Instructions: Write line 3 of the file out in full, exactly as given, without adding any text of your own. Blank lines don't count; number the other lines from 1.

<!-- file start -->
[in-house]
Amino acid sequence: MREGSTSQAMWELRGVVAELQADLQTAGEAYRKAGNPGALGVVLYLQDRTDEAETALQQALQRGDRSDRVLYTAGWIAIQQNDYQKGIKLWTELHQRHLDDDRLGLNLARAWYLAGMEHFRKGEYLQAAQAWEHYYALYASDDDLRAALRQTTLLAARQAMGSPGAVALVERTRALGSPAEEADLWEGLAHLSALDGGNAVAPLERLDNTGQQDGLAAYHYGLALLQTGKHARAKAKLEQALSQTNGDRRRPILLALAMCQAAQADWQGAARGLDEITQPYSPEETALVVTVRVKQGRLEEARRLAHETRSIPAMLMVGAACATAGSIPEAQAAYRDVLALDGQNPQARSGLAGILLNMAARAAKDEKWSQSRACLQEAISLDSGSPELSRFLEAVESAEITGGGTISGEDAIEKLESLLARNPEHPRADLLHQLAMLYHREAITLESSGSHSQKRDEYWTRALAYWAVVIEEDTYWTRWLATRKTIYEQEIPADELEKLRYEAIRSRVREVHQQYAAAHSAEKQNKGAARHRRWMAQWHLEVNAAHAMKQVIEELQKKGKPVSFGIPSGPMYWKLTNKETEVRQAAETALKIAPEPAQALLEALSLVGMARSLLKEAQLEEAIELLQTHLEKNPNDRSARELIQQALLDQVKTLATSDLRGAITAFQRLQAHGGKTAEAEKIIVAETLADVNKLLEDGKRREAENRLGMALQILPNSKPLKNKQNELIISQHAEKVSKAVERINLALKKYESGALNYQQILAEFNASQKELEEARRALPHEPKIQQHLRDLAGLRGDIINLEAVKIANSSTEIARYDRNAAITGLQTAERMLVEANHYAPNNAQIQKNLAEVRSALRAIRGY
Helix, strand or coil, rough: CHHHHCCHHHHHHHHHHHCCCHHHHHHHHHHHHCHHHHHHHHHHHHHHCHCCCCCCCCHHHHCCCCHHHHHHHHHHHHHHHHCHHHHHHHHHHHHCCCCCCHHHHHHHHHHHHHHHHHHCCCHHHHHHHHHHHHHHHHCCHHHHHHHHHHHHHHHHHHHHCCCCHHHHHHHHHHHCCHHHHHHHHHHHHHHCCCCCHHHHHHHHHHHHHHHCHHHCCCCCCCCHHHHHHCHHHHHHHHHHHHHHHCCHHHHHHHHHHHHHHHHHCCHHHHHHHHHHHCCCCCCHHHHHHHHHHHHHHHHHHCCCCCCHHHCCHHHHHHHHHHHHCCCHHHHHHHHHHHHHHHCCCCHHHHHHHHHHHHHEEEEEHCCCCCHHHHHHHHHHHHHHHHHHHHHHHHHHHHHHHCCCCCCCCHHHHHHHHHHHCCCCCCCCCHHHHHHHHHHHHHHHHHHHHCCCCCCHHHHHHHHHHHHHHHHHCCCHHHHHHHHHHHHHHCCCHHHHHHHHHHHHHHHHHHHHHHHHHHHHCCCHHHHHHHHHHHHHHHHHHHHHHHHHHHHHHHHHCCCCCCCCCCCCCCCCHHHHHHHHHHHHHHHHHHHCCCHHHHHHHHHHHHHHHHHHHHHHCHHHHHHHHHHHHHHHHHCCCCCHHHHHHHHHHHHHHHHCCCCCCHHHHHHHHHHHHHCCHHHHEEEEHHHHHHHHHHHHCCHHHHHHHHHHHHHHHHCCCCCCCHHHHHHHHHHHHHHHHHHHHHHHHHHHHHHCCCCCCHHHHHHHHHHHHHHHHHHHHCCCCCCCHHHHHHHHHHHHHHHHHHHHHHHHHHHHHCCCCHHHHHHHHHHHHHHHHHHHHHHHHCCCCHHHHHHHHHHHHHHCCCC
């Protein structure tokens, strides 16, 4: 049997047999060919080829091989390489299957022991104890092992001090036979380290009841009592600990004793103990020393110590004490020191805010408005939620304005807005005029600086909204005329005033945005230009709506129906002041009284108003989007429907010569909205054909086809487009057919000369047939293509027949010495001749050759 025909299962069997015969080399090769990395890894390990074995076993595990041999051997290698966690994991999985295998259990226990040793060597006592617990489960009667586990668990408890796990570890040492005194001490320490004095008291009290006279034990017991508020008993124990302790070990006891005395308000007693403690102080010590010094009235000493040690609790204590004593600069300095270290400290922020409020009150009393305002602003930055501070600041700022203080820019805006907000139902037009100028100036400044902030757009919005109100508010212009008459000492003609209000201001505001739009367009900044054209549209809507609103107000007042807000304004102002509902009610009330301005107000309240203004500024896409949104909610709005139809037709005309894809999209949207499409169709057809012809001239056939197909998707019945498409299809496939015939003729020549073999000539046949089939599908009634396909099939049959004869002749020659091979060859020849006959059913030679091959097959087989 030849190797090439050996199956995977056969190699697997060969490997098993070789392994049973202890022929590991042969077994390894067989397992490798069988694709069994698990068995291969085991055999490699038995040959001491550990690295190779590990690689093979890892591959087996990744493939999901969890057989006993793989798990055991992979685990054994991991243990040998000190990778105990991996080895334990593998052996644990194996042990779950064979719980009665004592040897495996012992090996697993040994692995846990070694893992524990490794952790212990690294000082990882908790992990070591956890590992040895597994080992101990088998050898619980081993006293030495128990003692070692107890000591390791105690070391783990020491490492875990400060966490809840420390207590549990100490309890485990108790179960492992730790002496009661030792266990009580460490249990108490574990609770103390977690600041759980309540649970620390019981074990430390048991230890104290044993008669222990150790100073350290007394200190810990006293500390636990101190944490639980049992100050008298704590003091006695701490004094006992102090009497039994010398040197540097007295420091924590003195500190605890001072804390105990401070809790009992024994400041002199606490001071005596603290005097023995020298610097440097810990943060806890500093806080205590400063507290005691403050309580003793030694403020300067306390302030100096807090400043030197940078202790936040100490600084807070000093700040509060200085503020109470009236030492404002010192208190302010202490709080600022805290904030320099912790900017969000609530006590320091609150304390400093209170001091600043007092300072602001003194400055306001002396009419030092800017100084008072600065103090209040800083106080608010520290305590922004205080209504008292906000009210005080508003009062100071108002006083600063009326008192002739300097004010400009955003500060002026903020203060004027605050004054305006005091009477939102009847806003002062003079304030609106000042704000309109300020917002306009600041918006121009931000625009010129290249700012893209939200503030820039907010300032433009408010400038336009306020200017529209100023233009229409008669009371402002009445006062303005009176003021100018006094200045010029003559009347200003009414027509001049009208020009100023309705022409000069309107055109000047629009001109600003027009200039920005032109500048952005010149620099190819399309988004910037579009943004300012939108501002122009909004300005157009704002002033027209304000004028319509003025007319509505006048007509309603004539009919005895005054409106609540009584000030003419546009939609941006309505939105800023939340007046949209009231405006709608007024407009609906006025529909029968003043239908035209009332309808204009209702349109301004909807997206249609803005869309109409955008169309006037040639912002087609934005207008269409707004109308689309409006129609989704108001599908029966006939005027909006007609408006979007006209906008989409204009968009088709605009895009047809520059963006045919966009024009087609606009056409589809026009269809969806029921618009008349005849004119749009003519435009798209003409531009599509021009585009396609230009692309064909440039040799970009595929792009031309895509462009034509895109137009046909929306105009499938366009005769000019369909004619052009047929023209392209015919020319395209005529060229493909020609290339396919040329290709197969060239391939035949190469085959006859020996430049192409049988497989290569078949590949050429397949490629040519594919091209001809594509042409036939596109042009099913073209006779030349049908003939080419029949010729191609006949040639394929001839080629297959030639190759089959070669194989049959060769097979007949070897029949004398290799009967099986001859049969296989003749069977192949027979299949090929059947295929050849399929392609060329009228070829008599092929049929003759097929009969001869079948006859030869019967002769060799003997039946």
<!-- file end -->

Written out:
Helix, strand or coil, rough: CHHHHCCHHHHHHHHHHHCCCHHHHHHHHHHHHCHHHHHHHHHHHHHHCHCCCCCCCCHHHHCCCCHHHHHHHHHHHHHHHHCHHHHHHHHHHHHCCCCCCHHHHHHHHHHHHHHHHHHCCCHHHHHHHHHHHHHHHHCCHHHHHHHHHHHHHHHHHHHHCCCCHHHHHHHHHHHCCHHHHHHHHHHHHHHCCCCCHHHHHHHHHHHHHHHCHHHCCCCCCCCHHHHHHCHHHHHHHHHHHHHHHCCHHHHHHHHHHHHHHHHHCCHHHHHHHHHHHCCCCCCHHHHHHHHHHHHHHHHHHCCCCCCHHHCCHHHHHHHHHHHHCCCHHHHHHHHHHHHHHHCCCCHHHHHHHHHHHHHEEEEEHCCCCCHHHHHHHHHHHHHHHHHHHHHHHHHHHHHHHCCCCCCCCHHHHHHHHHHHCCCCCCCCCHHHHHHHHHHHHHHHHHHHHCCCCCCHHHHHHHHHHHHHHHHHCCCHHHHHHHHHHHHHHCCCHHHHHHHHHHHHHHHHHHHHHHHHHHHHCCCHHHHHHHHHHHHHHHHHHHHHHHHHHHHHHHHHCCCCCCCCCCCCCCCCHHHHHHHHHHHHHHHHHHHCCCHHHHHHHHHHHHHHHHHHHHHHCHHHHHHHHHHHHHHHHHCCCCCHHHHHHHHHHHHHHHHCCCCCCHHHHHHHHHHHHHCCHHHHEEEEHHHHHHHHHHHHCCHHHHHHHHHHHHHHHHCCCCCCCHHHHHHHHHHHHHHHHHHHHHHHHHHHHHHCCCCCCHHHHHHHHHHHHHHHHHHHHCCCCCCCHHHHHHHHHHHHHHHHHHHHHHHHHHHHHCCCCHHHHHHHHHHHHHHHHHHHHHHHHCCCCHHHHHHHHHHHHHHCCCC